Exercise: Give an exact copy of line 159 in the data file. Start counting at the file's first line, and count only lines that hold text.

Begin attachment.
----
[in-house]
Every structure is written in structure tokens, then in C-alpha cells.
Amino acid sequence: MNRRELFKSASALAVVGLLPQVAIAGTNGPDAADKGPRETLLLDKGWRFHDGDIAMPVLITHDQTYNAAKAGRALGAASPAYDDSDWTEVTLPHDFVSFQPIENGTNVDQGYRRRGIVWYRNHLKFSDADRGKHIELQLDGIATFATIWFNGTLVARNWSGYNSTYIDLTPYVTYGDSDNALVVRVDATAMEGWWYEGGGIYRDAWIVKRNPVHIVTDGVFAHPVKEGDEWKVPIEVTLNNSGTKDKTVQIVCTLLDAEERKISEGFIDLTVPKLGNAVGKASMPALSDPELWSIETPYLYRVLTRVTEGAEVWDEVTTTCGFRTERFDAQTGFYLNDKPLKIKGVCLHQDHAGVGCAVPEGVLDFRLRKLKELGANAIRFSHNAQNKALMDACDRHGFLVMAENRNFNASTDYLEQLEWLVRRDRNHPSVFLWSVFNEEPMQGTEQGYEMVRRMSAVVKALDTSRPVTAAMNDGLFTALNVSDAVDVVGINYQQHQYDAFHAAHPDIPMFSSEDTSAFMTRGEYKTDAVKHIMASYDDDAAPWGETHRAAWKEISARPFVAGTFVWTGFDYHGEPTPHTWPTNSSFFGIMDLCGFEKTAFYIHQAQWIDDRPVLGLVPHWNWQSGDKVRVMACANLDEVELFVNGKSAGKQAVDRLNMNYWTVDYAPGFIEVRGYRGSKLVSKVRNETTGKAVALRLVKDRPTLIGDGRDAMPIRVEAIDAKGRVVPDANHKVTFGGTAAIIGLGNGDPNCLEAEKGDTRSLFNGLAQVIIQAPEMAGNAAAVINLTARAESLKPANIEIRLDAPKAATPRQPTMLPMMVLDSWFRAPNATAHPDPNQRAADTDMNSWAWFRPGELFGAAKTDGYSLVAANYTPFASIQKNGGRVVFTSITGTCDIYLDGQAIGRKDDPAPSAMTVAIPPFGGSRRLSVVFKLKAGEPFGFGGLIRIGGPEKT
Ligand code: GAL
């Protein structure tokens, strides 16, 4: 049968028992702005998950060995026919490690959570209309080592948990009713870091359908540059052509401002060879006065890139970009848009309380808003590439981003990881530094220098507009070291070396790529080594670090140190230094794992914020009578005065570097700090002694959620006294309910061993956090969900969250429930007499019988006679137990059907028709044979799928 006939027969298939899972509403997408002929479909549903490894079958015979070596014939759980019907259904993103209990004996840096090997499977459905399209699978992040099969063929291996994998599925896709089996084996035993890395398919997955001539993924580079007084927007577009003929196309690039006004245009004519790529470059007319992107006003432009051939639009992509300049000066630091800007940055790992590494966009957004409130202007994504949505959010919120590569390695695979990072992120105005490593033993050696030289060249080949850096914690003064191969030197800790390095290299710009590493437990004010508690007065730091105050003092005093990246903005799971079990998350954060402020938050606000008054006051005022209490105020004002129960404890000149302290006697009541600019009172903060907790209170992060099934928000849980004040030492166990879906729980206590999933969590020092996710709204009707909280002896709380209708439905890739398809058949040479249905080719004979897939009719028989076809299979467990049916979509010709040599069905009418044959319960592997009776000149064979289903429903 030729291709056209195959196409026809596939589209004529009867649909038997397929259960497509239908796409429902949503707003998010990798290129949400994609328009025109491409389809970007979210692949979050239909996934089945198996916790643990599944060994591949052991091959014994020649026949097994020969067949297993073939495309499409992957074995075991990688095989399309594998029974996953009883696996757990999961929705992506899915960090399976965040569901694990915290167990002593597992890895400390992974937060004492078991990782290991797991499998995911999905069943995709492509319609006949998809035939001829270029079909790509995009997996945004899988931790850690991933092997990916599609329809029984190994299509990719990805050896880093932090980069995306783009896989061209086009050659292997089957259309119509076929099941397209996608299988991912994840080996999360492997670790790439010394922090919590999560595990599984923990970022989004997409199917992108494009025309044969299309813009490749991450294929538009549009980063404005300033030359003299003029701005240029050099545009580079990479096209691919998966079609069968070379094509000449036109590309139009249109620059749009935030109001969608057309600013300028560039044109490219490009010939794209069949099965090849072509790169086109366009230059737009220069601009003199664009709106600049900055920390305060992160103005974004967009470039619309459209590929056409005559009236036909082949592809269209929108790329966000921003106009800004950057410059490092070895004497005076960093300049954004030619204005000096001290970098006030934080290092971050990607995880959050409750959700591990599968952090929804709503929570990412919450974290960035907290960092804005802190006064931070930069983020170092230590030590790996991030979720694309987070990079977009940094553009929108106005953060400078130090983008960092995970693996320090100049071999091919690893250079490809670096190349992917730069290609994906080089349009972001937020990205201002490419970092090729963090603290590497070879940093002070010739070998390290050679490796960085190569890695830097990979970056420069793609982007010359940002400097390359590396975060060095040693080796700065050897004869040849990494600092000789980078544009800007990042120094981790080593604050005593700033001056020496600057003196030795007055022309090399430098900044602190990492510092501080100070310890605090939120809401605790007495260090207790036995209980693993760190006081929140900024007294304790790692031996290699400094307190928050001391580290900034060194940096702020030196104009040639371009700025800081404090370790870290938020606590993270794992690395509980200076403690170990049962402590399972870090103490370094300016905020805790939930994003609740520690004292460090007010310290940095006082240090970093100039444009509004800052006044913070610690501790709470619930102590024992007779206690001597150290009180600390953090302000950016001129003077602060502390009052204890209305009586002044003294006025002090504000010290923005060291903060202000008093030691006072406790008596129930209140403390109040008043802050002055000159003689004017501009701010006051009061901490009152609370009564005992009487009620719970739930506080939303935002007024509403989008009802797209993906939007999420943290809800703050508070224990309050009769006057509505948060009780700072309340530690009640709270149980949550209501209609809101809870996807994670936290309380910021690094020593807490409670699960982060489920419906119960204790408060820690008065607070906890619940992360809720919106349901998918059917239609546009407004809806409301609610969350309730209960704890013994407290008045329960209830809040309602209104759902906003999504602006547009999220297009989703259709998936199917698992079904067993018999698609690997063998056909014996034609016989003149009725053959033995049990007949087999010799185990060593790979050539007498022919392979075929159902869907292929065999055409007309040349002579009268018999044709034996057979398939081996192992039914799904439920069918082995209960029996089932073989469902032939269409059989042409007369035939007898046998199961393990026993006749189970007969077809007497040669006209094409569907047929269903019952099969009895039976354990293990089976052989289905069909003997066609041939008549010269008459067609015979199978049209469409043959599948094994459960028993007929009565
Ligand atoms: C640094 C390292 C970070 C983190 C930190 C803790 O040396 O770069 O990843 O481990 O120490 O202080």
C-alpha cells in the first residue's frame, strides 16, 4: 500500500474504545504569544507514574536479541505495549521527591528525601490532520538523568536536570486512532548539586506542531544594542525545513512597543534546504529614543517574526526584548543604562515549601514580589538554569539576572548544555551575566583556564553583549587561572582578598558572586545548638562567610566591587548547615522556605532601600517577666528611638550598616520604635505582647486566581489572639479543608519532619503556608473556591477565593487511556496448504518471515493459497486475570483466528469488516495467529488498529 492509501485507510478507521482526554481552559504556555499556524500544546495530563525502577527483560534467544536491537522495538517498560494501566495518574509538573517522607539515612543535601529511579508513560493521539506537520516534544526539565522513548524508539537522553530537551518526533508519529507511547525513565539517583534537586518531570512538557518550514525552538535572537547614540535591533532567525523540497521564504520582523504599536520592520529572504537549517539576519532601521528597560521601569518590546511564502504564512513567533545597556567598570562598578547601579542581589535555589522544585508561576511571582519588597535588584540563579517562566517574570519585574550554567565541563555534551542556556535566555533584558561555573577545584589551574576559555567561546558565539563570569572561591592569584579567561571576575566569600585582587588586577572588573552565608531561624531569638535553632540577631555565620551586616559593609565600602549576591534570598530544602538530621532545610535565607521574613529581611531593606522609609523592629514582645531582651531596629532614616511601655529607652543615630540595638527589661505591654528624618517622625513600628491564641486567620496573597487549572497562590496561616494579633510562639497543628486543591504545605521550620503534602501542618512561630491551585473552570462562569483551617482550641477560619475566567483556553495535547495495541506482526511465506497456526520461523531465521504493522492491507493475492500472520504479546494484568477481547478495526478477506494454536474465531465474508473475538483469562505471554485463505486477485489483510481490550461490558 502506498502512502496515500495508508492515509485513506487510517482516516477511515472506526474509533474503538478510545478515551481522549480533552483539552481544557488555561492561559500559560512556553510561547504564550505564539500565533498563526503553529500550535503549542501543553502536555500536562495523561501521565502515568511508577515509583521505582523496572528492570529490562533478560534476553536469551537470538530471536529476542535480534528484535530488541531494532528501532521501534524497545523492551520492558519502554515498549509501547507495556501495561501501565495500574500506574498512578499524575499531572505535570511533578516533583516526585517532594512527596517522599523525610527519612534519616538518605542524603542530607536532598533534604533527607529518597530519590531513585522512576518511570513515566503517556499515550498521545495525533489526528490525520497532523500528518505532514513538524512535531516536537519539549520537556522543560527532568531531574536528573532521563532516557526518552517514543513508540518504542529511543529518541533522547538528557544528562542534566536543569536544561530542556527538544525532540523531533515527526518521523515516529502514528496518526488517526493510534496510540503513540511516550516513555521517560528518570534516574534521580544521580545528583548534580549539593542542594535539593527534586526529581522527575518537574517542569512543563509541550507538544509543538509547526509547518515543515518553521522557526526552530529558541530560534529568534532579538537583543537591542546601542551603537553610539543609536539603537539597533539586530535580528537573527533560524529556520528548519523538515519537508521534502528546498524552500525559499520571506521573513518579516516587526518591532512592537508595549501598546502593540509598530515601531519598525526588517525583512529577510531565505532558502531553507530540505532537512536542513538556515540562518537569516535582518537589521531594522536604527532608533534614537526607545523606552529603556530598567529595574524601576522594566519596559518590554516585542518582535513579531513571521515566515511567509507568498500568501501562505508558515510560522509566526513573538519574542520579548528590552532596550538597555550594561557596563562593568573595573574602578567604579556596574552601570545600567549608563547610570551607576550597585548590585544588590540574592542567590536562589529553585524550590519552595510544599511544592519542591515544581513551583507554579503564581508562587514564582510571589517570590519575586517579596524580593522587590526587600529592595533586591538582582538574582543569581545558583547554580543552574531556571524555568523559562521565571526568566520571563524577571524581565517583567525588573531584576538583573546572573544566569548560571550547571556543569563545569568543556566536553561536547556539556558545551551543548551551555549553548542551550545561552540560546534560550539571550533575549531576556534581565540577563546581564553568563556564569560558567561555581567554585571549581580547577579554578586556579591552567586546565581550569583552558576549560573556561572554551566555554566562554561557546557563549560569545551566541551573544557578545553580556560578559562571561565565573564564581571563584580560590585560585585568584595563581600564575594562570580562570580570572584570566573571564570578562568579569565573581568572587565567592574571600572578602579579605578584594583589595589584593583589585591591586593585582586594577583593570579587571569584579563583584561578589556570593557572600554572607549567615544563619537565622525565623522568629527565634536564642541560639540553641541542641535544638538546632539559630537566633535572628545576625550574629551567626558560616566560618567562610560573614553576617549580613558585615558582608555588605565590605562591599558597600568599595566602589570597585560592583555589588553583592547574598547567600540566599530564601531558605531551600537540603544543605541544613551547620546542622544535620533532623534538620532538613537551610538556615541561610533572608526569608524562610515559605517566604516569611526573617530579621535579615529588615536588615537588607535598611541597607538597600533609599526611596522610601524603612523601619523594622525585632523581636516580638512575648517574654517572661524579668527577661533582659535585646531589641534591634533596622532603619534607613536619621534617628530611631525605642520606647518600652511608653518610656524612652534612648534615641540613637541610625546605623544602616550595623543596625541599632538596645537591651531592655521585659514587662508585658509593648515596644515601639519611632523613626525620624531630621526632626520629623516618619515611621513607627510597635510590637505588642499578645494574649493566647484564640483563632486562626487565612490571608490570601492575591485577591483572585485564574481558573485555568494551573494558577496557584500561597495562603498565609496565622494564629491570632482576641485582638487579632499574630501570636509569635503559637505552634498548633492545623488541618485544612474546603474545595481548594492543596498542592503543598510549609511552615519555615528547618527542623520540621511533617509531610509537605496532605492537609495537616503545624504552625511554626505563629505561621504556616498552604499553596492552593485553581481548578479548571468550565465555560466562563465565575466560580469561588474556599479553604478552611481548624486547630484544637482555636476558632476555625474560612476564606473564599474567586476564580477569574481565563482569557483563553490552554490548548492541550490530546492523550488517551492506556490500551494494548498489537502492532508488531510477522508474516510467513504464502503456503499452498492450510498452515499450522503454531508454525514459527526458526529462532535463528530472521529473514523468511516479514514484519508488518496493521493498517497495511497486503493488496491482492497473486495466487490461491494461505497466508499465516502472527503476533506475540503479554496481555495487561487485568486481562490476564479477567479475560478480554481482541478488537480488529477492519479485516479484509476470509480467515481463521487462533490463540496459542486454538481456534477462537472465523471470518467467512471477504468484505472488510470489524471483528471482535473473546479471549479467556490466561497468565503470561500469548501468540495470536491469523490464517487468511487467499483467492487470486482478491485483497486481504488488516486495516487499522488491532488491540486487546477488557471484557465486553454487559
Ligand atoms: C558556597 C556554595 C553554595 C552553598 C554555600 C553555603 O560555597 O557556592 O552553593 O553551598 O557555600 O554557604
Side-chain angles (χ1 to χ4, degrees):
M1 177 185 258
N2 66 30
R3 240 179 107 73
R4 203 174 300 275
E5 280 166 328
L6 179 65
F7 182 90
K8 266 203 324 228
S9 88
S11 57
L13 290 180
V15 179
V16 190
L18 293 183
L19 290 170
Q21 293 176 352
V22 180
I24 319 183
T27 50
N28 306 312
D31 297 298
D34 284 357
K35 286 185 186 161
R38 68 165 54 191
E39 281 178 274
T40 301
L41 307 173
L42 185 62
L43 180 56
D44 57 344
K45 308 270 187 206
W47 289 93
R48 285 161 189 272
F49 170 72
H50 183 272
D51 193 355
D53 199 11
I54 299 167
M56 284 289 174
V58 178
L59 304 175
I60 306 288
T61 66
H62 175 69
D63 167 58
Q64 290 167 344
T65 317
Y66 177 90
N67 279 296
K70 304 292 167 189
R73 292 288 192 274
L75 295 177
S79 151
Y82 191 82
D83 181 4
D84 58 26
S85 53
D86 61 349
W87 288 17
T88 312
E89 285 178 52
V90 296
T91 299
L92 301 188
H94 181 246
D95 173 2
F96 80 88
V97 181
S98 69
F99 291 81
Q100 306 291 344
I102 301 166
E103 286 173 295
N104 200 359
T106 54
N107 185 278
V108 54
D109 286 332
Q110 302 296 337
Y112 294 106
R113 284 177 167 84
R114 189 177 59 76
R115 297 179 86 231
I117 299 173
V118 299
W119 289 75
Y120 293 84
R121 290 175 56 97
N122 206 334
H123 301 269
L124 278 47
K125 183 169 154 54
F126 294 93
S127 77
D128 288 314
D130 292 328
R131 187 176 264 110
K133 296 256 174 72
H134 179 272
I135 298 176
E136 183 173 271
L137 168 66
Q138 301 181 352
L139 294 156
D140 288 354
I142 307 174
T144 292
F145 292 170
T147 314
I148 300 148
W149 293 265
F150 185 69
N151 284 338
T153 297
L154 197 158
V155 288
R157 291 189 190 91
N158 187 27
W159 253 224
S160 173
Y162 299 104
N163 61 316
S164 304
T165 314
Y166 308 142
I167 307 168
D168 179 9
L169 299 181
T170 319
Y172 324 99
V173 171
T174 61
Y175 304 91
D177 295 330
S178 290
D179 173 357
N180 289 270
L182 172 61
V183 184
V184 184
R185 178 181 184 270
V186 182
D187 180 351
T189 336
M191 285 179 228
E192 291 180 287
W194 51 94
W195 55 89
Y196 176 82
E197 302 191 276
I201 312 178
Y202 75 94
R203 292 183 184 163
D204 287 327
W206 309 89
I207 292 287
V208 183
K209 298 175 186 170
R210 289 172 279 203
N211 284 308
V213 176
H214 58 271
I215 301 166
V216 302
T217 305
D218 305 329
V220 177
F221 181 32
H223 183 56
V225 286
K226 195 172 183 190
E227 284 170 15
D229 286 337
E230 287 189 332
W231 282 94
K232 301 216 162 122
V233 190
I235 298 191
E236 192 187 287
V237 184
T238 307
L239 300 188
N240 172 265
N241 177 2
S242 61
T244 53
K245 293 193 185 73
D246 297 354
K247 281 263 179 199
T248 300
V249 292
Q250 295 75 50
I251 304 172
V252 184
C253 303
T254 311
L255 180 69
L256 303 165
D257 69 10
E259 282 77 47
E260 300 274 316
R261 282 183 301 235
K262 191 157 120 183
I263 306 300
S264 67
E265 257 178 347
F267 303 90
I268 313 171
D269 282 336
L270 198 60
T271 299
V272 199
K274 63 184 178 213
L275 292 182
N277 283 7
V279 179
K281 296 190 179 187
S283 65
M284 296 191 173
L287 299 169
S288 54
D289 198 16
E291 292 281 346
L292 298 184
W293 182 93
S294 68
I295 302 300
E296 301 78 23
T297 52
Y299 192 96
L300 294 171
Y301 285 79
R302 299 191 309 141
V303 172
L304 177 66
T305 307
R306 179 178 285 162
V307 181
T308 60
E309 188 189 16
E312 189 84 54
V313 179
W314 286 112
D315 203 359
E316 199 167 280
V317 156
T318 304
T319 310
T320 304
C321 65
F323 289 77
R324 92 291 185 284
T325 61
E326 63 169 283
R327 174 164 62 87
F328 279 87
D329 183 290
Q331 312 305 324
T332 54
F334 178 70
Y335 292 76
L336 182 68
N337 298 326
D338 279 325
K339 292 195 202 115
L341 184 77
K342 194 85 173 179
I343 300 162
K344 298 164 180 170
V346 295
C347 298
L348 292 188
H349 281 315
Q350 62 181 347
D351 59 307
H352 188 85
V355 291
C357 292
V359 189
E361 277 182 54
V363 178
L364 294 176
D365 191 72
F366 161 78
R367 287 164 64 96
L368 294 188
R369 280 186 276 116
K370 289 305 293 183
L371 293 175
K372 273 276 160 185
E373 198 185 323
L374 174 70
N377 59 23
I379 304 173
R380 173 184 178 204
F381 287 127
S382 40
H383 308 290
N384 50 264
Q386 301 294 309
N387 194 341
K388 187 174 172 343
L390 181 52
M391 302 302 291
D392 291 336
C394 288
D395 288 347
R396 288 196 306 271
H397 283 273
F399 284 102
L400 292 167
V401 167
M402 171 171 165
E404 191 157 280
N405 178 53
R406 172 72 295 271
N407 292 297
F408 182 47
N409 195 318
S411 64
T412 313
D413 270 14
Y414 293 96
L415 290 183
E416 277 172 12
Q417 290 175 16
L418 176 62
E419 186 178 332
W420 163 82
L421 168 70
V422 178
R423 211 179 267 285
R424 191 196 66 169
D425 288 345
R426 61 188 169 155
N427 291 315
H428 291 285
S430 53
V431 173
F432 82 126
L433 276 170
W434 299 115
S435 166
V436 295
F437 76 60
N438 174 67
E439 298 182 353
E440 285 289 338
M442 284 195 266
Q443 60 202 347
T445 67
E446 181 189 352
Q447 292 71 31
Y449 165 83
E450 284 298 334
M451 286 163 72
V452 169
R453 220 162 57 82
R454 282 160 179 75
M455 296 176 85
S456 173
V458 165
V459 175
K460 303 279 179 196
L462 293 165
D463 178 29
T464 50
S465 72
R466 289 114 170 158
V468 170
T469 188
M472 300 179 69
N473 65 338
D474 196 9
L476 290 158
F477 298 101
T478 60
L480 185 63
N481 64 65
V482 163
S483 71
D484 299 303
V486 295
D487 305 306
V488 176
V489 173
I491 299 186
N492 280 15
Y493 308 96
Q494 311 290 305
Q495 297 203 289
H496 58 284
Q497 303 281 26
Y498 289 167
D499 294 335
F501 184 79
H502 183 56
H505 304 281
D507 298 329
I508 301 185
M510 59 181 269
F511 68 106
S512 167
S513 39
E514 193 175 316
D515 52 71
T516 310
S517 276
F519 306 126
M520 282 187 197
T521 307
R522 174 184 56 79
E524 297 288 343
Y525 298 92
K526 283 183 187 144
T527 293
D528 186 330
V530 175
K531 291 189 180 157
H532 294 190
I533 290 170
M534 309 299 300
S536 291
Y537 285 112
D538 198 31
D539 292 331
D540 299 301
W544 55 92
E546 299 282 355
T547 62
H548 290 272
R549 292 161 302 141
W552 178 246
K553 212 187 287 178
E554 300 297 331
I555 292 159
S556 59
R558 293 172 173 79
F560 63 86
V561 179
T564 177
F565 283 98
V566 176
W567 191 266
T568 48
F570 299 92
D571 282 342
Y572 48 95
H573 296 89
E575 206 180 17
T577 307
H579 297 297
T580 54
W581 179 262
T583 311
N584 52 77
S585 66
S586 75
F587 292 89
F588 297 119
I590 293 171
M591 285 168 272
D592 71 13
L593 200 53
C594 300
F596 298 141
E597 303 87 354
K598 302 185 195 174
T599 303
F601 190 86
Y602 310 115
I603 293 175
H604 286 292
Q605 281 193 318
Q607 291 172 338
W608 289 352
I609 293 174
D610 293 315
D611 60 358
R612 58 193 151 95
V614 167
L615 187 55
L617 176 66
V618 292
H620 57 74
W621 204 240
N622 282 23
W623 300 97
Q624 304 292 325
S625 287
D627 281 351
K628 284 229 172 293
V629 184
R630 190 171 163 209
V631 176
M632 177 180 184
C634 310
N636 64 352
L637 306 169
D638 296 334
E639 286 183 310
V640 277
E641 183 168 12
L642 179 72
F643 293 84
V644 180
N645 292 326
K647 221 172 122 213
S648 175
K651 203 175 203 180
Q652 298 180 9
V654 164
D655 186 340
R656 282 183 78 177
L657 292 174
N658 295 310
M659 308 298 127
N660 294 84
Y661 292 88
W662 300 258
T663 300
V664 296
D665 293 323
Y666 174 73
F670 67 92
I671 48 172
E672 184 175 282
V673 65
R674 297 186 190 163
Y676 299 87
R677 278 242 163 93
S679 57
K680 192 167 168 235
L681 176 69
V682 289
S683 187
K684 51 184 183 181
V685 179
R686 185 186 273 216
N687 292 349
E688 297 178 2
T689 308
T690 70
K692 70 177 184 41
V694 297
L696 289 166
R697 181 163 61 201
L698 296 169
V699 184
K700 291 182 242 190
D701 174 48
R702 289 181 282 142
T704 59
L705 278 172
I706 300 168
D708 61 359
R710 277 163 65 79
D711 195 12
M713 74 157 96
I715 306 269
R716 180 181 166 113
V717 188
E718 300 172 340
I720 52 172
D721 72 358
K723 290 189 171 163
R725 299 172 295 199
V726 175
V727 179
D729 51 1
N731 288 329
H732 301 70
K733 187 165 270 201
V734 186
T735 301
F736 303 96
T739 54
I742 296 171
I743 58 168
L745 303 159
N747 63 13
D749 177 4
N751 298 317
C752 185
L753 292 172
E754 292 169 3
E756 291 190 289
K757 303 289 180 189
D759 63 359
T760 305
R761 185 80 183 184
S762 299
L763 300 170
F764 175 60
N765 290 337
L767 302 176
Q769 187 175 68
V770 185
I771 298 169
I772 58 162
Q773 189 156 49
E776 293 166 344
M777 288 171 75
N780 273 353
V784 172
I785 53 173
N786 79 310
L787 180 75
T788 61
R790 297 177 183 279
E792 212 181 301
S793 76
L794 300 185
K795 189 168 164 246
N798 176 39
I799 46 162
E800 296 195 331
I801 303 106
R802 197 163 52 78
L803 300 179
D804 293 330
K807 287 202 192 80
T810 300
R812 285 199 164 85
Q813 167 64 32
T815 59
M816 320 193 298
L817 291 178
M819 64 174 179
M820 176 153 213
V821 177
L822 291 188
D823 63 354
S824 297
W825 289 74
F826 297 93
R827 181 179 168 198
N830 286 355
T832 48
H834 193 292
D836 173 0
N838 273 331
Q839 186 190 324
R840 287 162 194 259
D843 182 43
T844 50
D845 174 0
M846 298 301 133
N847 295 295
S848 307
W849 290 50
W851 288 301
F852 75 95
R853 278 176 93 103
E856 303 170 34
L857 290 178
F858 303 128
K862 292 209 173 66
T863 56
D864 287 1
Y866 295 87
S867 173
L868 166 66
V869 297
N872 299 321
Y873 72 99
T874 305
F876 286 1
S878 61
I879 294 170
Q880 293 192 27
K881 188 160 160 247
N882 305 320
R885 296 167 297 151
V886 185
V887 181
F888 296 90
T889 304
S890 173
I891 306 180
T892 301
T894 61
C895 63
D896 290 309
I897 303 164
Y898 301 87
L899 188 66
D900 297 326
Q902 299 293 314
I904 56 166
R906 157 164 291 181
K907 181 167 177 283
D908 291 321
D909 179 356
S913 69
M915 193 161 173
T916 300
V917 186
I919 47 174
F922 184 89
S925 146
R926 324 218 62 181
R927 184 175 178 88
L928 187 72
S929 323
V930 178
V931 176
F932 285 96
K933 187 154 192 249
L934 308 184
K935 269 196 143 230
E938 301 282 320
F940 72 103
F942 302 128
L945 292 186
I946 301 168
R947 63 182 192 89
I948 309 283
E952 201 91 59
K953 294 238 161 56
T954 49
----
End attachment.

E197 302 191 276